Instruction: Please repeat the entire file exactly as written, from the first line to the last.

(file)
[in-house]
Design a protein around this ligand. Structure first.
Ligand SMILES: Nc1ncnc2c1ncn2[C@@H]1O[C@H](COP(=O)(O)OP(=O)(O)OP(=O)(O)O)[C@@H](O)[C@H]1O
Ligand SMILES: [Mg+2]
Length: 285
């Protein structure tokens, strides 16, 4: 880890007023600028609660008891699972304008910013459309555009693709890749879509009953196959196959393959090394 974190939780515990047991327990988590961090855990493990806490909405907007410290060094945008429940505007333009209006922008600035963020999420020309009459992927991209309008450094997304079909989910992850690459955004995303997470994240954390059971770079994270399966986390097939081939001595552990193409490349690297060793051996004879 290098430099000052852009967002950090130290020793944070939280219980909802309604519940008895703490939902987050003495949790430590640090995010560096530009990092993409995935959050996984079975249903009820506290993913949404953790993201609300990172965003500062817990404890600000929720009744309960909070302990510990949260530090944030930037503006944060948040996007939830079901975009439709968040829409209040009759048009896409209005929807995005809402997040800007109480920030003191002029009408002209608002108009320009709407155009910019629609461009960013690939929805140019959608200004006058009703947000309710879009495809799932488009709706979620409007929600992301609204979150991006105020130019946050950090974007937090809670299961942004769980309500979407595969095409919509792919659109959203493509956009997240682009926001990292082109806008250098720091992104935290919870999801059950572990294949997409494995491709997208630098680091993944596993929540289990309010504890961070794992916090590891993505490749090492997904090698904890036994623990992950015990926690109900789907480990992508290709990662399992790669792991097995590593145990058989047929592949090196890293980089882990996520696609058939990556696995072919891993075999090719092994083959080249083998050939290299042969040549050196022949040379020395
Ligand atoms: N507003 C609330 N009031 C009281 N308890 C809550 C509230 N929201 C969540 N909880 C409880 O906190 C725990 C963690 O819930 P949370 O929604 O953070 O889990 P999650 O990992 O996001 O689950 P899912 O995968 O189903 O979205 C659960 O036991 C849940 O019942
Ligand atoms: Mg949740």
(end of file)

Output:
[in-house]
Design a protein around this ligand. Structure first.
Ligand SMILES: Nc1ncnc2c1ncn2[C@@H]1O[C@H](COP(=O)(O)OP(=O)(O)OP(=O)(O)O)[C@@H](O)[C@H]1O
Ligand SMILES: [Mg+2]
Length: 285
């Protein structure tokens, strides 16, 4: 880890007023600028609660008891699972304008910013459309555009693709890749879509009953196959196959393959090394 974190939780515990047991327990988590961090855990493990806490909405907007410290060094945008429940505007333009209006922008600035963020999420020309009459992927991209309008450094997304079909989910992850690459955004995303997470994240954390059971770079994270399966986390097939081939001595552990193409490349690297060793051996004879 290098430099000052852009967002950090130290020793944070939280219980909802309604519940008895703490939902987050003495949790430590640090995010560096530009990092993409995935959050996984079975249903009820506290993913949404953790993201609300990172965003500062817990404890600000929720009744309960909070302990510990949260530090944030930037503006944060948040996007939830079901975009439709968040829409209040009759048009896409209005929807995005809402997040800007109480920030003191002029009408002209608002108009320009709407155009910019629609461009960013690939929805140019959608200004006058009703947000309710879009495809799932488009709706979620409007929600992301609204979150991006105020130019946050950090974007937090809670299961942004769980309500979407595969095409919509792919659109959203493509956009997240682009926001990292082109806008250098720091992104935290919870999801059950572990294949997409494995491709997208630098680091993944596993929540289990309010504890961070794992916090590891993505490749090492997904090698904890036994623990992950015990926690109900789907480990992508290709990662399992790669792991097995590593145990058989047929592949090196890293980089882990996520696609058939990556696995072919891993075999090719092994083959080249083998050939290299042969040549050196022949040379020395
Ligand atoms: N507003 C609330 N009031 C009281 N308890 C809550 C509230 N929201 C969540 N909880 C409880 O906190 C725990 C963690 O819930 P949370 O929604 O953070 O889990 P999650 O990992 O996001 O689950 P899912 O995968 O189903 O979205 C659960 O036991 C849940 O019942
Ligand atoms: Mg949740």